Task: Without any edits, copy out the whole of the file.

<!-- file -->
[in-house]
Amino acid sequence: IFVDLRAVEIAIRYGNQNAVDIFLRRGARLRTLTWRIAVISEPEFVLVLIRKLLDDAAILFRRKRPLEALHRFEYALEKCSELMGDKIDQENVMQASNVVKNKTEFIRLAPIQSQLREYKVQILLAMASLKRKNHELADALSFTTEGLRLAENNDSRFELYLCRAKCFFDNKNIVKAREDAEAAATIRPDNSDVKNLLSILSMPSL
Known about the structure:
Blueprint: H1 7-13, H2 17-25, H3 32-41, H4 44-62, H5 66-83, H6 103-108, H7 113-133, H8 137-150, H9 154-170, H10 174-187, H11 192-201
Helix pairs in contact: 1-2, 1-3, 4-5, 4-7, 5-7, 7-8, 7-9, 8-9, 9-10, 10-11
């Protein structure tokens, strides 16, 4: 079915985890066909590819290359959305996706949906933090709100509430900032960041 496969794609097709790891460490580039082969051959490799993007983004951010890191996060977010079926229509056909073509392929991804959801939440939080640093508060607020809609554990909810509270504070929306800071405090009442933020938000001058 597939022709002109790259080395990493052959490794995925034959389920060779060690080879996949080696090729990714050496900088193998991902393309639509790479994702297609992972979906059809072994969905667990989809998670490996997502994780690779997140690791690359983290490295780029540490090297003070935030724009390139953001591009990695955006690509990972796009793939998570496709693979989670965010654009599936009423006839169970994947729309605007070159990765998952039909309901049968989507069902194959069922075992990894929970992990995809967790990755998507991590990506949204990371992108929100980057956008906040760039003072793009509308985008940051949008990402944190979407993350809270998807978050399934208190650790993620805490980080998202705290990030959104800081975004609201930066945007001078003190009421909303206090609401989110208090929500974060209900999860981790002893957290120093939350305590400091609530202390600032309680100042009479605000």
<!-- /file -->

[in-house]
Amino acid sequence: IFVDLRAVEIAIRYGNQNAVDIFLRRGARLRTLTWRIAVISEPEFVLVLIRKLLDDAAILFRRKRPLEALHRFEYALEKCSELMGDKIDQENVMQASNVVKNKTEFIRLAPIQSQLREYKVQILLAMASLKRKNHELADALSFTTEGLRLAENNDSRFELYLCRAKCFFDNKNIVKAREDAEAAATIRPDNSDVKNLLSILSMPSL
Known about the structure:
Blueprint: H1 7-13, H2 17-25, H3 32-41, H4 44-62, H5 66-83, H6 103-108, H7 113-133, H8 137-150, H9 154-170, H10 174-187, H11 192-201
Helix pairs in contact: 1-2, 1-3, 4-5, 4-7, 5-7, 7-8, 7-9, 8-9, 9-10, 10-11
């Protein structure tokens, strides 16, 4: 079915985890066909590819290359959305996706949906933090709100509430900032960041 496969794609097709790891460490580039082969051959490799993007983004951010890191996060977010079926229509056909073509392929991804959801939440939080640093508060607020809609554990909810509270504070929306800071405090009442933020938000001058 597939022709002109790259080395990493052959490794995925034959389920060779060690080879996949080696090729990714050496900088193998991902393309639509790479994702297609992972979906059809072994969905667990989809998670490996997502994780690779997140690791690359983290490295780029540490090297003070935030724009390139953001591009990695955006690509990972796009793939998570496709693979989670965010654009599936009423006839169970994947729309605007070159990765998952039909309901049968989507069902194959069922075992990894929970992990995809967790990755998507991590990506949204990371992108929100980057956008906040760039003072793009509308985008940051949008990402944190979407993350809270998807978050399934208190650790993620805490980080998202705290990030959104800081975004609201930066945007001078003190009421909303206090609401989110208090929500974060209900999860981790002893957290120093939350305590400091609530202390600032309680100042009479605000």